Recommended for ages 8-12
Twelve year-old Alice’s family has moved her from Seattle, across the country, to Stinkville – that is, Sinkville, South Carolina. It’s a paper mill town, her dad’s the new paper mill manager, and he seems to be the only one settling into their new life. Her mother is depressed, her brother is angry, and Alice sticks out like a sore thumb. Alice is an albino who needs to slather on the sunblock and wear hats so her sensitive skin doesn’t burn, and she’s legally blind – but she’ll be the first to tell you that she’s not that blind. She can see, but things have to be really close for her to see them.
Alice’s parents start talking about sending her to a school for the blind when school starts in the Fall, and Alice is furious – she’s always been in public school! She’s determined to start doing things for herself, whether it’s finding her way to the library or doing the laundry at home. She even enters the Sinkville essay contest and decides to tell the stories of some of the locals she’s met; and that’s when she learns that Stinkville may not stink so much after all.
This is a little book that tackles some pretty big issues: the Civil Rights movement, depression, special needs, for starters. Told in the first person from Alice’s perspective, A Blind Guide to Stinkville tells the story of a family and a town with humor and sensitivity. Alice is a normal tween: she wants to fit in, but she’s got something that makes her stand out. She wants to be independent, and her family drives her nuts. Most of all, she’s a new kid in a new town and she missed her friends – her best friend, who is moving forward with her life. It’s a lot for any kid to handle, and Alice’s sense of humor is her best defense – that, and her determination to advocate for herself.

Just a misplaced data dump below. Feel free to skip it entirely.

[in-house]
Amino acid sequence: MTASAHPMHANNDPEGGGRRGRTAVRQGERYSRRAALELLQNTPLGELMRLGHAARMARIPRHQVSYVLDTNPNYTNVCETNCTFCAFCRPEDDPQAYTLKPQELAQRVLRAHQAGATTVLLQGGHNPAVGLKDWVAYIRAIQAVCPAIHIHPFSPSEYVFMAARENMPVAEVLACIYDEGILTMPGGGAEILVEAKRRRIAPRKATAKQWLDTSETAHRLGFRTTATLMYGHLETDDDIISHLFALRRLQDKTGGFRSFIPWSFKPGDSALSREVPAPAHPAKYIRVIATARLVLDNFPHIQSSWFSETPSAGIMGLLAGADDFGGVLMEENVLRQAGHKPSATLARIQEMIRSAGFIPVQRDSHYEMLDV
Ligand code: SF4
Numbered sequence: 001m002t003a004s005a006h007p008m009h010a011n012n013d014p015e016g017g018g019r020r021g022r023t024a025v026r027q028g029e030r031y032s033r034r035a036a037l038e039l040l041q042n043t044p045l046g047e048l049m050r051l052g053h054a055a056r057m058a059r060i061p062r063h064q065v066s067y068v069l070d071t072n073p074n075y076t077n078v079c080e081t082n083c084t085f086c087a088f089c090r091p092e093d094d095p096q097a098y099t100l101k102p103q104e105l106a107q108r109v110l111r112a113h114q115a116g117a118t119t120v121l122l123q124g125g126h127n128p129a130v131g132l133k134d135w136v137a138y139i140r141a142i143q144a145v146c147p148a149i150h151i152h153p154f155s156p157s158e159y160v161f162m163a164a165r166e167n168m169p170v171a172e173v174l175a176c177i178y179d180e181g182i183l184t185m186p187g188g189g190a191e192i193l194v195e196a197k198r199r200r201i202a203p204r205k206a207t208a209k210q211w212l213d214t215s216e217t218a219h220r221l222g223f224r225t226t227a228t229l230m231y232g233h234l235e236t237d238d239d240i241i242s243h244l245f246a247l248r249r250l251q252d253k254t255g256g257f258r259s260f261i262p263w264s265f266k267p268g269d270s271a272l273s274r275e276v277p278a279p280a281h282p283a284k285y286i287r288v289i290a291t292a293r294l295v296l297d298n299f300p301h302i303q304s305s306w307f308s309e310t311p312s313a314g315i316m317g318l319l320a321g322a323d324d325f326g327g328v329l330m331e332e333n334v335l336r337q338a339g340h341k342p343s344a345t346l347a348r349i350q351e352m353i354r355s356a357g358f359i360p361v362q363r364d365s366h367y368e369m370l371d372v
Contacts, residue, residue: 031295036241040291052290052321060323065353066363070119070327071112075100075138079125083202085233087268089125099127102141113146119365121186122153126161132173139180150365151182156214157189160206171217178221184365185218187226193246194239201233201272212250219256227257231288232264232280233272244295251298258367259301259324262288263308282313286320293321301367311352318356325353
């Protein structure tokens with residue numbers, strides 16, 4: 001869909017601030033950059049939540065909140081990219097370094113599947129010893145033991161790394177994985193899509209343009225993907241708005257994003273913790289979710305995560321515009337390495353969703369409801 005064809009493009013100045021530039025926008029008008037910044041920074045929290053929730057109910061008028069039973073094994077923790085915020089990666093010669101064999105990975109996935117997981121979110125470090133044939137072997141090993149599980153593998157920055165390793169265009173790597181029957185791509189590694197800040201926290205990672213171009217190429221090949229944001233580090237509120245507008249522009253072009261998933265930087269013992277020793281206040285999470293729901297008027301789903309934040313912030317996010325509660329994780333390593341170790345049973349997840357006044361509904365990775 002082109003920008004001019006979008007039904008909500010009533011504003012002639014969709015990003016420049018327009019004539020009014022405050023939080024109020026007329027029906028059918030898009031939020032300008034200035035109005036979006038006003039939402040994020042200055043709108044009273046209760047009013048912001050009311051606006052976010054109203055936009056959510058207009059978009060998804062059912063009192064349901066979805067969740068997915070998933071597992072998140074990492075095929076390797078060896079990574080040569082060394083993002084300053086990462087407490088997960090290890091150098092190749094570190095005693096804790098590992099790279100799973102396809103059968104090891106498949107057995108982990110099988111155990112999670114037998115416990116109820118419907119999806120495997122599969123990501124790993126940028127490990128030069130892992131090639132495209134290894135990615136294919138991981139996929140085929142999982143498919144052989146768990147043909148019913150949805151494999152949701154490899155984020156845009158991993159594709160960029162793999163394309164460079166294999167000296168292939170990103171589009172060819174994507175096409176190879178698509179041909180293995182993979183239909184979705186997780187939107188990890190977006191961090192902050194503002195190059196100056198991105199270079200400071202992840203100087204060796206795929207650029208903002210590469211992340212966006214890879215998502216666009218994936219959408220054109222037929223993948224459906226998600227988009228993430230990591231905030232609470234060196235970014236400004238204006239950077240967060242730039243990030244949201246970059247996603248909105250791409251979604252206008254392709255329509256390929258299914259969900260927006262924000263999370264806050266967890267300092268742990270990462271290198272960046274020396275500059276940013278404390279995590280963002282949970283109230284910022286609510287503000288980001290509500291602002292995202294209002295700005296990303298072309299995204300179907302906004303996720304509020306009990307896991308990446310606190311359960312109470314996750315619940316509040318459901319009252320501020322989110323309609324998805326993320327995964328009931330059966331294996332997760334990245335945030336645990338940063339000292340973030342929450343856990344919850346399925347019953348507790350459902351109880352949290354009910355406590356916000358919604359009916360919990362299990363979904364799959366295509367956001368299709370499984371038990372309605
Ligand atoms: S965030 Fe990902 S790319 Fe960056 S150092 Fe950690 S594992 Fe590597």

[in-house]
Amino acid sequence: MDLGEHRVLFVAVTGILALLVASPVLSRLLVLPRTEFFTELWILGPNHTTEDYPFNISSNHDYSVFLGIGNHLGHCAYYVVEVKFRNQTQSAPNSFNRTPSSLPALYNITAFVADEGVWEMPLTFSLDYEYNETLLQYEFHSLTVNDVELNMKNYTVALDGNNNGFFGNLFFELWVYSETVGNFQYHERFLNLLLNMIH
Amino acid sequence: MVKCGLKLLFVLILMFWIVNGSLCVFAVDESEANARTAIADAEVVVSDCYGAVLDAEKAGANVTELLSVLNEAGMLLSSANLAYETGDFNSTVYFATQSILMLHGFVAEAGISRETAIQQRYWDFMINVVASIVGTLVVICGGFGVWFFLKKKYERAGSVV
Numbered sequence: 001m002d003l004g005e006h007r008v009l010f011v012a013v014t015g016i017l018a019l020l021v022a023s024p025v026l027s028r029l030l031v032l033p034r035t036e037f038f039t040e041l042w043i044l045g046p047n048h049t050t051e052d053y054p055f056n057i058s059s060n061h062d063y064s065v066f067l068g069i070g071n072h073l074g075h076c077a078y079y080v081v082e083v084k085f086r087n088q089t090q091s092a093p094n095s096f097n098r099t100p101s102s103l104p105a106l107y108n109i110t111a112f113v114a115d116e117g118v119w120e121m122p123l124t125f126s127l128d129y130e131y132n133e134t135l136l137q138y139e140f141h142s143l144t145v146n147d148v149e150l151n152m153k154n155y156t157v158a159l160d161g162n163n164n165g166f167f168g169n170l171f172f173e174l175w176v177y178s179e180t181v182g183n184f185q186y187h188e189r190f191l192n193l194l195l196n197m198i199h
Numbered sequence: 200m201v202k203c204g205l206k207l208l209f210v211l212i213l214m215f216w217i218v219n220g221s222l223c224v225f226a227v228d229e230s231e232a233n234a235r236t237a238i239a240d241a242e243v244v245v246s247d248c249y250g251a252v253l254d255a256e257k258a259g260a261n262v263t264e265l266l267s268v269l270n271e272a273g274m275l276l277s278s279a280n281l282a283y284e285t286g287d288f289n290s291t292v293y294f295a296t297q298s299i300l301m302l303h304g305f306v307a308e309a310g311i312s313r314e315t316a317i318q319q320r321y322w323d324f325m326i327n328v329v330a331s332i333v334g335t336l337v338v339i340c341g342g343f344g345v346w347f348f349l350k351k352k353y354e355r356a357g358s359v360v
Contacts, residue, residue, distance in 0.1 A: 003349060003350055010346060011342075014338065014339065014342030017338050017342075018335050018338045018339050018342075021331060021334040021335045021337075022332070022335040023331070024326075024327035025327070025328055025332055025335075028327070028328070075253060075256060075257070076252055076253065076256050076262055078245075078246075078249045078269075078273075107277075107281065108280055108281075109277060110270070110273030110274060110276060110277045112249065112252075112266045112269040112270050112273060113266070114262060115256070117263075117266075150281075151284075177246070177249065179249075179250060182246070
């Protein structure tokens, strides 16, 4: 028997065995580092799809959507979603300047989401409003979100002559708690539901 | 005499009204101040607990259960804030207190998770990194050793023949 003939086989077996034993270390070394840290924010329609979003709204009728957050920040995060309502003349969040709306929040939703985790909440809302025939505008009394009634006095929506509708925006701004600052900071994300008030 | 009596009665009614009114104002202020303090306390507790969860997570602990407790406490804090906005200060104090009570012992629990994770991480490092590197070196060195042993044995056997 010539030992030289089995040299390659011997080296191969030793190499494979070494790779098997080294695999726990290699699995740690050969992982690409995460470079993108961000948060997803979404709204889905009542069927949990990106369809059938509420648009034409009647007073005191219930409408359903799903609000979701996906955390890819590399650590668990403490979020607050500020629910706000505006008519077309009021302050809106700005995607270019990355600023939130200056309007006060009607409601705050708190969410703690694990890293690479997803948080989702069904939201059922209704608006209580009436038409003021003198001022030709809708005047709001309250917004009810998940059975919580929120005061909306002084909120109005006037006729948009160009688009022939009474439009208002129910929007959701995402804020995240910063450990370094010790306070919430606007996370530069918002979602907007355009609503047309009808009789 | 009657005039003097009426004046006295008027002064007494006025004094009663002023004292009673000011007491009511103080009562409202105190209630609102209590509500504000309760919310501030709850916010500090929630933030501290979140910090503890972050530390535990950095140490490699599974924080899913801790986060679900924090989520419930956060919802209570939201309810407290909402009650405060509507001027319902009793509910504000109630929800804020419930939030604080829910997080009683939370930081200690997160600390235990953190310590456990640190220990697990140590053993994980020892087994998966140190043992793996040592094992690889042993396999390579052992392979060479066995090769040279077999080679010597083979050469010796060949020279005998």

Importantly, for me at least, it also provides a glimpse into parental depression and the effect it has on the rest of the family, and how the fight to “get better” is not that easy. Alice’s mom has good days, then a bad day will hit. It happens, and Alice’s brother James doesn’t always understand. It’s a realistic portrayal of the helplessness felt by parent and child, and there are no answers, just getting through as best as possible while sticking together as a family unit.
Readers will appreciate this book for its good story and likable characters. Parents and educators will appreciate how it promotes deeper understanding of different special needs – and how a kid is a kid is a kid at heart, really – and the subplot telling the story of the Civil Rights movement in the South. Great for discussion groups.
Beth Vrabel is the author of the 2015 Cybils-nominated book, Pack of Dorks, also from Sky Pony. The sequel, Camp Dork, will be coming in May 2016. Her author website offers a study guide for Pack of Dorks, an FAQ, and links to her blog and published writing.